• Stephen died calling upon God, but he didn’t die in vain.
  • In fact, they said his face was like an angel, and he said he could see Jesus.

All these things work out for Good

  • Stephen didn’t lose anything. He was by no means defeated. Like Jesus, he died in Victory.
  • As we will see, because of his faith, his death did not stop his witness, or power.
  • Like Abel, his life still speaks, and continued to speak then


Hebrews 11:4 NKJV

4 By faith Abel offered to God a more excellent sacrifice than Cain, through which he obtained witness that he was righteous, God testifying of his gifts; and through it he being dead still speaks.

  • Stephen simply stepped into glory. He remains alive and well today, in that place with Jesus, where there really is peace without evil.
  • All of the things that happened to Stephen were allowed for the glory of God.
  • If we can just take the focus of our thoughts and plans off of ourselves long enough, you would be amazed what God can do through you!
  • We like to preach about the kind of faith that always prospers us, and always delivers us from harm, but Hebrews talks about an even greater faith:
  • I know, I like the the benefits of comfort and prosperity also.
  • I certainly don’t want to be imprisoned, stoned, beaten or killed.
  • But are we wiling to suffer at all for Jesus? To sacrifice anything?
  • Hebrews 11 describing examples of faith says this:



Hebrews 11:33–38 NKJV

33 who through faith subdued kingdoms, worked righteousness, obtained promises, stopped the mouths of lions,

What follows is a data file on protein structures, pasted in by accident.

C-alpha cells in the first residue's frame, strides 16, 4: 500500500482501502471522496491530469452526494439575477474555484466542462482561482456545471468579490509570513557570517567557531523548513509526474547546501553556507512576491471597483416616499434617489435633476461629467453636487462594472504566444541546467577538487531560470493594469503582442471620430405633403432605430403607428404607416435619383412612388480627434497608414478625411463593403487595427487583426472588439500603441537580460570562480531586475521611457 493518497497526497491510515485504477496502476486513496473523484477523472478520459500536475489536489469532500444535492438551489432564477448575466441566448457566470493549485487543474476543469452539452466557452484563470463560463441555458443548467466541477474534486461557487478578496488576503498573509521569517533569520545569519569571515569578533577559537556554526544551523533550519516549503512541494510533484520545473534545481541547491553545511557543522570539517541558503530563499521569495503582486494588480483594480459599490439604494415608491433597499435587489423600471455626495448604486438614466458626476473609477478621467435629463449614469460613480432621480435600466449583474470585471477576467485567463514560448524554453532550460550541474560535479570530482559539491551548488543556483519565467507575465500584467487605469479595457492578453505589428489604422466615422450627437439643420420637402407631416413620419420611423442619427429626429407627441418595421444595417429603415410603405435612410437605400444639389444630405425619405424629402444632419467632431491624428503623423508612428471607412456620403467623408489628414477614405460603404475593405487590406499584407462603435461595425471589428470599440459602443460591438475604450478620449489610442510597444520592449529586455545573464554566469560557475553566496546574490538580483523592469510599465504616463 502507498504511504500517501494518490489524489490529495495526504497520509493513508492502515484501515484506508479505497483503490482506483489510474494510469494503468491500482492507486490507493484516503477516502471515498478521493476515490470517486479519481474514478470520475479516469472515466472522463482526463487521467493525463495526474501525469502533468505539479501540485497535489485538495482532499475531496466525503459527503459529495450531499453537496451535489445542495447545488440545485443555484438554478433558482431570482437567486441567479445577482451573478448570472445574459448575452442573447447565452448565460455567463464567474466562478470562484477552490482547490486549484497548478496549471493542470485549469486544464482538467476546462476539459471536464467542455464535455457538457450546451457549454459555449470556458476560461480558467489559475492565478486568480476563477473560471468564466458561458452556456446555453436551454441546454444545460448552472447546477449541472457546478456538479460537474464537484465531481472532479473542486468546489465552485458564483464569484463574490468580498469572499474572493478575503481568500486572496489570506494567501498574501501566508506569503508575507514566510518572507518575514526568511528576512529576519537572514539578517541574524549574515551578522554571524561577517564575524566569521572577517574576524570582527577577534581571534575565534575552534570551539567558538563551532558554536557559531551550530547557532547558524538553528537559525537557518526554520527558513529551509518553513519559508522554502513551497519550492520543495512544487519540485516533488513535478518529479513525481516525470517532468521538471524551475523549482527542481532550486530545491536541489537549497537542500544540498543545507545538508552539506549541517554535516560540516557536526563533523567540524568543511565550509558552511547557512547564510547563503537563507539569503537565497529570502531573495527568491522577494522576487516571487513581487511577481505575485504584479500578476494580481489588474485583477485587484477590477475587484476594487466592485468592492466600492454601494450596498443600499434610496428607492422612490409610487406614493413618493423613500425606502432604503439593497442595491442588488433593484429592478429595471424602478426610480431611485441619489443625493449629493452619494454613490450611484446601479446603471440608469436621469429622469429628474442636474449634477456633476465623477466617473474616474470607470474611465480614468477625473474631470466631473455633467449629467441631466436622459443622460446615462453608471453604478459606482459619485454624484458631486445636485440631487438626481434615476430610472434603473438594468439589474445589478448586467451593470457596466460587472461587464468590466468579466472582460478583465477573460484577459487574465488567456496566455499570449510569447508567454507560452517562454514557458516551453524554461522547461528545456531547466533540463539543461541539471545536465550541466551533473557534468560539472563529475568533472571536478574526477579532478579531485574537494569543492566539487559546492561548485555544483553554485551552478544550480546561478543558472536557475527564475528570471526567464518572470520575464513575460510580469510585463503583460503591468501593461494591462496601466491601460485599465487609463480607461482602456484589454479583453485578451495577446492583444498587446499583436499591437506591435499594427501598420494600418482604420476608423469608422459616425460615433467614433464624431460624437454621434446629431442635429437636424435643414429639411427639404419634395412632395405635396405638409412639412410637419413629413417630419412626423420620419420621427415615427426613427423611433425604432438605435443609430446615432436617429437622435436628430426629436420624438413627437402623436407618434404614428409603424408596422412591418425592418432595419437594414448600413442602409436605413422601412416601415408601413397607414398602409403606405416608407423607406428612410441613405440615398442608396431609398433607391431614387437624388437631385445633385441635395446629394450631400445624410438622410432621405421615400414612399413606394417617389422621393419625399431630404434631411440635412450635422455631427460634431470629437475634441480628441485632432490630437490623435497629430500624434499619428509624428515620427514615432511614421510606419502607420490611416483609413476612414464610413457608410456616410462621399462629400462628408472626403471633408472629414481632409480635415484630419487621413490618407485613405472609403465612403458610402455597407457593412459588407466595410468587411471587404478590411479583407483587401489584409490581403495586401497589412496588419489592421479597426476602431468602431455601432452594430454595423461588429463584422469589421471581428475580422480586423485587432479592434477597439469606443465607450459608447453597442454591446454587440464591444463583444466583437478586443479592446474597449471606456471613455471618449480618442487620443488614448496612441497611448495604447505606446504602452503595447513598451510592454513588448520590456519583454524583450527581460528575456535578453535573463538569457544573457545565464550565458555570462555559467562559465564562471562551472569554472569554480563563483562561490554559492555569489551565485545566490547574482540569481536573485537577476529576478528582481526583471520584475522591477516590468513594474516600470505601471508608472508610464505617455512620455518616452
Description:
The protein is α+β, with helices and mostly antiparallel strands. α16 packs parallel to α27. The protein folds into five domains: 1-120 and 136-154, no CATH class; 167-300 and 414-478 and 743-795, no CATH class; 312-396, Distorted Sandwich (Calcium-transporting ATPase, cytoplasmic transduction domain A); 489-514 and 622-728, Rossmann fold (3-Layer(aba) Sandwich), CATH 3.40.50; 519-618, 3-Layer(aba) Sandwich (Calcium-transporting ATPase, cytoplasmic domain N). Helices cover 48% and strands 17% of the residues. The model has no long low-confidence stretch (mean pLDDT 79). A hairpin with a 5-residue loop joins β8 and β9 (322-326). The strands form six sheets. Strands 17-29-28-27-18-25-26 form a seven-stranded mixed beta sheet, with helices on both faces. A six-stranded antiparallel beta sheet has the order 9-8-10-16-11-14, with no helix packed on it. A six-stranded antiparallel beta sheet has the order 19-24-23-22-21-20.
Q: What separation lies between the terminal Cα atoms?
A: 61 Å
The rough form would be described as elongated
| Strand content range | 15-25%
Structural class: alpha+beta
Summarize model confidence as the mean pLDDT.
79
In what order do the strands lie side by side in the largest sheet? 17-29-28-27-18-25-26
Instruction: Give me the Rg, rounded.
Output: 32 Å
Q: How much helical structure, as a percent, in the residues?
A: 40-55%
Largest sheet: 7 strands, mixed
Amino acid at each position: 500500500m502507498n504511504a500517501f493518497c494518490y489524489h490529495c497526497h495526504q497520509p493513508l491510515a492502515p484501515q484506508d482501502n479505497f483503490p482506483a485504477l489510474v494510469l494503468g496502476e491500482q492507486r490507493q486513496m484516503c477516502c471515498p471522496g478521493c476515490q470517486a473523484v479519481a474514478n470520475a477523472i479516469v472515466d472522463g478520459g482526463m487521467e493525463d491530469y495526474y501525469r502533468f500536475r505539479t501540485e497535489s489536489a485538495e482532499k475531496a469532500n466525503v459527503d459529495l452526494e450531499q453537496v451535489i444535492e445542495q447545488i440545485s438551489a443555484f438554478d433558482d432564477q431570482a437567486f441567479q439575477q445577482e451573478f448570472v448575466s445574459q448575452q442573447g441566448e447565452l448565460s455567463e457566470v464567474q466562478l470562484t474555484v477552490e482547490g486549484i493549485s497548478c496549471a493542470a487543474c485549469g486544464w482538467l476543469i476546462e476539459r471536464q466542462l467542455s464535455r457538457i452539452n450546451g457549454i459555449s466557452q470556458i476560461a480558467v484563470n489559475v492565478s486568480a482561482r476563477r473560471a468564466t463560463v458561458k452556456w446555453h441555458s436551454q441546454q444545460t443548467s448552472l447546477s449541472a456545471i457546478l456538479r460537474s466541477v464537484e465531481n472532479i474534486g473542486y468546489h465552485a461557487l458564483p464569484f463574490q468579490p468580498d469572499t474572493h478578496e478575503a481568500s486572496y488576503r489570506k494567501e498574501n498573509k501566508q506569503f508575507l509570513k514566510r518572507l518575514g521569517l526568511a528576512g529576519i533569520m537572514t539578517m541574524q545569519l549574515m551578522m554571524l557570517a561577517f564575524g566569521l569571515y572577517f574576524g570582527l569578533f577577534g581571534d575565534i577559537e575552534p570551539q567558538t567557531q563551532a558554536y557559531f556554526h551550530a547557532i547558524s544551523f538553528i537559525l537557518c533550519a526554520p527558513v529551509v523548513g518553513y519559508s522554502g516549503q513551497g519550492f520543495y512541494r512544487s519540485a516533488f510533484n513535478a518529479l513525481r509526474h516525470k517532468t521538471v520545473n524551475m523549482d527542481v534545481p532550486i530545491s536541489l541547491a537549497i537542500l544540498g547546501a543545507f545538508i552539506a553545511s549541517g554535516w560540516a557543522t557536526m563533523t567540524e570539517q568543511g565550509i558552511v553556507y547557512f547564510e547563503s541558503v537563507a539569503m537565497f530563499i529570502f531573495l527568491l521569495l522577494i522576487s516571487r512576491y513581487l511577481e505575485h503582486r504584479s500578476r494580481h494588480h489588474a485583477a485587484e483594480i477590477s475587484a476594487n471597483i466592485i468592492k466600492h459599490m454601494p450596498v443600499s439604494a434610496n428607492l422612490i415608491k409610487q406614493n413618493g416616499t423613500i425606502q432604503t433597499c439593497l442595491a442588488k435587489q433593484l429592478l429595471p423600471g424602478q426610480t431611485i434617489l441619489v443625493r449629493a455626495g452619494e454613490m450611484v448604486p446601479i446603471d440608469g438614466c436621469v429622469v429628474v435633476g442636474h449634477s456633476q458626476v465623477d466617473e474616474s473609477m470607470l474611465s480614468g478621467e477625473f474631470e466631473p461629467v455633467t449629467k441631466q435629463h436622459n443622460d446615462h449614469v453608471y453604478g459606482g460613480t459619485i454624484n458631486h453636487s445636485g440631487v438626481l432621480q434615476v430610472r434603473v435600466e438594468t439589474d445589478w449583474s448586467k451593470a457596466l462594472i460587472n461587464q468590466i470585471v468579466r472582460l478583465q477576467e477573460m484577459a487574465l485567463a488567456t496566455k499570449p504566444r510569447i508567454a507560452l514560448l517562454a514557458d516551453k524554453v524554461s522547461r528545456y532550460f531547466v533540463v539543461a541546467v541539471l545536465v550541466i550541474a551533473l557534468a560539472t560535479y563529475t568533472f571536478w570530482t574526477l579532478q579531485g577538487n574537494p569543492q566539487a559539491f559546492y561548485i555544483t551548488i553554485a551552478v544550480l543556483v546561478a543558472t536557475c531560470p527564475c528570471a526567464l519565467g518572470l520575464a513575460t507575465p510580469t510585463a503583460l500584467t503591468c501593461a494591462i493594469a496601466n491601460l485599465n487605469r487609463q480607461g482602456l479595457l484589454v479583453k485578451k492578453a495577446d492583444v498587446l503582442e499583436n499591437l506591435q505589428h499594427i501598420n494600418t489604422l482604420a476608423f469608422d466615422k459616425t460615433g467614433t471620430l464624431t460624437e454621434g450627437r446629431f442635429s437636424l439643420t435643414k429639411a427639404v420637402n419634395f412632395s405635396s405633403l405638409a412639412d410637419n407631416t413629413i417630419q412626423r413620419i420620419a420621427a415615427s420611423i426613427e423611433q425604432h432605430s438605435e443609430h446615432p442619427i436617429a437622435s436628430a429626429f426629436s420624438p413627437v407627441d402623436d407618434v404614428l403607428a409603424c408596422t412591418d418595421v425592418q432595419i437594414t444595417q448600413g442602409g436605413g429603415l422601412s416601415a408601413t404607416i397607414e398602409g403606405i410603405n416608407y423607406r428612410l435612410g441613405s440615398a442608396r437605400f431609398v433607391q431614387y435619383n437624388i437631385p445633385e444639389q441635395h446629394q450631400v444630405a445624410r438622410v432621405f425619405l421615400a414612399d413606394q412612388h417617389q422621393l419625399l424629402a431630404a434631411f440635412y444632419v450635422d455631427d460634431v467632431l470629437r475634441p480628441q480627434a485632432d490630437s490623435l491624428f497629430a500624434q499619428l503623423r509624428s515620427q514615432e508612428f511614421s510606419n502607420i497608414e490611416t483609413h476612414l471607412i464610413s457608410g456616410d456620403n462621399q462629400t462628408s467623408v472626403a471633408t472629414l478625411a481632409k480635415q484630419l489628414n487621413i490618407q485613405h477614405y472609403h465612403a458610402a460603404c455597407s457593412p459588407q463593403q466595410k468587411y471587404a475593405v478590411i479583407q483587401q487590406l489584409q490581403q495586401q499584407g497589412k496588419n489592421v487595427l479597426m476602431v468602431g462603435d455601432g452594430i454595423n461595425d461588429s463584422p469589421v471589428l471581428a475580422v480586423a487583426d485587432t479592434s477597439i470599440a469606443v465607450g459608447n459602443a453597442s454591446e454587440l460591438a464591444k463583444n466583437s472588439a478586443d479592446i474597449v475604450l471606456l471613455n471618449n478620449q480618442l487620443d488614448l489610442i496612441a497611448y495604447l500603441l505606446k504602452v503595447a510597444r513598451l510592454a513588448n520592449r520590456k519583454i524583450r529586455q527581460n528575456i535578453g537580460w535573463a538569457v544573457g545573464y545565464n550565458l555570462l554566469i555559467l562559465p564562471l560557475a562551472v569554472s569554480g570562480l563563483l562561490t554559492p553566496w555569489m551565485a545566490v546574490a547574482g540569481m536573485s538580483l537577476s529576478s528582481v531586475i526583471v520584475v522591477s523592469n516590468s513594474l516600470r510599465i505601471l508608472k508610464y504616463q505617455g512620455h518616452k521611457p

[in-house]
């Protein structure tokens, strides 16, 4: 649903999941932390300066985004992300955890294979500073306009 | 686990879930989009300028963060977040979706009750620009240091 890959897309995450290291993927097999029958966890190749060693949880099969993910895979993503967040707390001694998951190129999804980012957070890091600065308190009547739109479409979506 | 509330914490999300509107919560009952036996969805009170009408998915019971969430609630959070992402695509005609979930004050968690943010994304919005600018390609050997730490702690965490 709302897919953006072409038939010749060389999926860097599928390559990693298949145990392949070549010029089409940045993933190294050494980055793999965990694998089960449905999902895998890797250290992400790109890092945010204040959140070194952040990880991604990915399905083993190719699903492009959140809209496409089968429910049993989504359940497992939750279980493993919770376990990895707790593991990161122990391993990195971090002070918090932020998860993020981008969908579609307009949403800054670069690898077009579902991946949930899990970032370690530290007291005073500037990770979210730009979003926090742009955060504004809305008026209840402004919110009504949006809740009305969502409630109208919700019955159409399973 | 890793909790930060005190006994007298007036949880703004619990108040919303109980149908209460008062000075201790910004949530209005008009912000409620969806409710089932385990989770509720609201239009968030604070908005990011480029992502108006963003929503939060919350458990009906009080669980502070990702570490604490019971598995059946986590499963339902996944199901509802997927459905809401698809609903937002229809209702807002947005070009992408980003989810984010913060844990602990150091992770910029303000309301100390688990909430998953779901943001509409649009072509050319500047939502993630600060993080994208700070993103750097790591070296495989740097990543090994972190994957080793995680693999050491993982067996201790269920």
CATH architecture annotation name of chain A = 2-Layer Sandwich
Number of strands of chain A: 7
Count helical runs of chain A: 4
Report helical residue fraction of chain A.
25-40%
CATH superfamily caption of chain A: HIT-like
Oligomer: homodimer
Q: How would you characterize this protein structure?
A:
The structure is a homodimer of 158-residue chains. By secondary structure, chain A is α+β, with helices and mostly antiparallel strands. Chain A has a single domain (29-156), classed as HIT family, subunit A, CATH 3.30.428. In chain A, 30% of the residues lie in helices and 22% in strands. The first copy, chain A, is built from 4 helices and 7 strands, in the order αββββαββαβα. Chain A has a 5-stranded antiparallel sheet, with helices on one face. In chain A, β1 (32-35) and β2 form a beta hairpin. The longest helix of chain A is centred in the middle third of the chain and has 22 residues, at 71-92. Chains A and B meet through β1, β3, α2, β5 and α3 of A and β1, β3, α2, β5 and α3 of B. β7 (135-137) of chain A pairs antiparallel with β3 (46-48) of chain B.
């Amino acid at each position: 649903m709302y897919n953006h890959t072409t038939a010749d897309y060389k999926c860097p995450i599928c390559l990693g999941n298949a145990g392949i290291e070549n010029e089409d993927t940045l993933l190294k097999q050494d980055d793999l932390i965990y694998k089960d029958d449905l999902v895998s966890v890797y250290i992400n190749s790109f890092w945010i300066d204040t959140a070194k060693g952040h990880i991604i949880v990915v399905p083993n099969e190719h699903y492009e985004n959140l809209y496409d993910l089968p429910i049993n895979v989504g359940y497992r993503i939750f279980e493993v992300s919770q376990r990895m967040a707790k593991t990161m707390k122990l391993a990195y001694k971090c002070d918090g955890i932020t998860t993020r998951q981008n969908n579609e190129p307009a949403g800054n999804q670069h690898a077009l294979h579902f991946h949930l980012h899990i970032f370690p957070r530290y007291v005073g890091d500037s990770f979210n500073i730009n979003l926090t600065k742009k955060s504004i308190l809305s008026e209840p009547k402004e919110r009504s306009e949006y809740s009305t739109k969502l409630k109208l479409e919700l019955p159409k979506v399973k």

34 quenched the violence of fire, escaped the edge of the sword, out of weakness were made strong, became valiant in battle, turned to flight the armies of the aliens.

35 Women received their dead raised to life again. Others were tortured, not accepting deliverance, that they might obtain a better resurrection.

36 Still others had trial of mockings and scourgings, yes, and of chains and imprisonment.

37 They were stoned, they were sawn in two, were tempted, were slain with the sword. They wandered about in sheepskins and goatskins, being destitute, afflicted, tormented—

38 of whom the world was not worthy. They wandered in deserts and mountains, in dens and caves of the earth.


  • I not suggesting anyone go to North Korea or South Sudan and be martyred.
  • But what are you willing to suffer for Jesus? Has you faith cost you anything at all?
  • So many Christians today have no concept of “sacrifice”.
  • for many, their giving is more like tipping, if they give at all.
  • And anything that they do or give, is only what is left over
  • We give God the time that is “left over” after we satisfy all of our need (and most of our wants)